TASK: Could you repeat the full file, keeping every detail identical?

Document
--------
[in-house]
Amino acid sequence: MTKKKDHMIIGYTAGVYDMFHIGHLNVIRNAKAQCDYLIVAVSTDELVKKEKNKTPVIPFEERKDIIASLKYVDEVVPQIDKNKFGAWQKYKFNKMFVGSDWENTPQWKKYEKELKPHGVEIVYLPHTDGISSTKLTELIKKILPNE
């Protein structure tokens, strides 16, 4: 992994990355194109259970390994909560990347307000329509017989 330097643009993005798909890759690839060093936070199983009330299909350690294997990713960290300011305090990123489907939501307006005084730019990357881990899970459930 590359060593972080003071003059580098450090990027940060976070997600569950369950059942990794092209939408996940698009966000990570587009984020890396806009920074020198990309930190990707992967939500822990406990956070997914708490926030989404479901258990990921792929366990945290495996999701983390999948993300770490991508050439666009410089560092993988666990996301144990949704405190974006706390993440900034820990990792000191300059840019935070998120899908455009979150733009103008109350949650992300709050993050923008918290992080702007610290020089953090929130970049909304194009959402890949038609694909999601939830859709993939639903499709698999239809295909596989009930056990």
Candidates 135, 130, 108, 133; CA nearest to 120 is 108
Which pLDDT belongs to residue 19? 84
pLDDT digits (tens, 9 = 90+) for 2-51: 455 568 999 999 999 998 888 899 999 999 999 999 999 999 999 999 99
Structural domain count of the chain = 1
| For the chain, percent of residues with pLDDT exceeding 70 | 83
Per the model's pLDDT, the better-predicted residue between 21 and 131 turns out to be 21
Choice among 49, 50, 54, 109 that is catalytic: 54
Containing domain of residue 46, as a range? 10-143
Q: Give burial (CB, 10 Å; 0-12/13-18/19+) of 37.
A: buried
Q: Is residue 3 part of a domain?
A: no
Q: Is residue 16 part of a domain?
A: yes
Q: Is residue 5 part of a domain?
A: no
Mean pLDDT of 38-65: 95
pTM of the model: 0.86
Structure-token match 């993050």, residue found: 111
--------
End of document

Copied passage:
[in-house]
Amino acid sequence: MTKKKDHMIIGYTAGVYDMFHIGHLNVIRNAKAQCDYLIVAVSTDELVKKEKNKTPVIPFEERKDIIASLKYVDEVVPQIDKNKFGAWQKYKFNKMFVGSDWENTPQWKKYEKELKPHGVEIVYLPHTDGISSTKLTELIKKILPNE
């Protein structure tokens, strides 16, 4: 992994990355194109259970390994909560990347307000329509017989 330097643009993005798909890759690839060093936070199983009330299909350690294997990713960290300011305090990123489907939501307006005084730019990357881990899970459930 590359060593972080003071003059580098450090990027940060976070997600569950369950059942990794092209939408996940698009966000990570587009984020890396806009920074020198990309930190990707992967939500822990406990956070997914708490926030989404479901258990990921792929366990945290495996999701983390999948993300770490991508050439666009410089560092993988666990996301144990949704405190974006706390993440900034820990990792000191300059840019935070998120899908455009979150733009103008109350949650992300709050993050923008918290992080702007610290020089953090929130970049909304194009959402890949038609694909999601939830859709993939639903499709698999239809295909596989009930056990």
Candidates 135, 130, 108, 133; CA nearest to 120 is 108
Which pLDDT belongs to residue 19? 84
pLDDT digits (tens, 9 = 90+) for 2-51: 455 568 999 999 999 998 888 899 999 999 999 999 999 999 999 999 99
Structural domain count of the chain = 1
| For the chain, percent of residues with pLDDT exceeding 70 | 83
Per the model's pLDDT, the better-predicted residue between 21 and 131 turns out to be 21
Choice among 49, 50, 54, 109 that is catalytic: 54
Containing domain of residue 46, as a range? 10-143
Q: Give burial (CB, 10 Å; 0-12/13-18/19+) of 37.
A: buried
Q: Is residue 3 part of a domain?
A: no
Q: Is residue 16 part of a domain?
A: yes
Q: Is residue 5 part of a domain?
A: no
Mean pLDDT of 38-65: 95
pTM of the model: 0.86
Structure-token match 């993050």, residue found: 111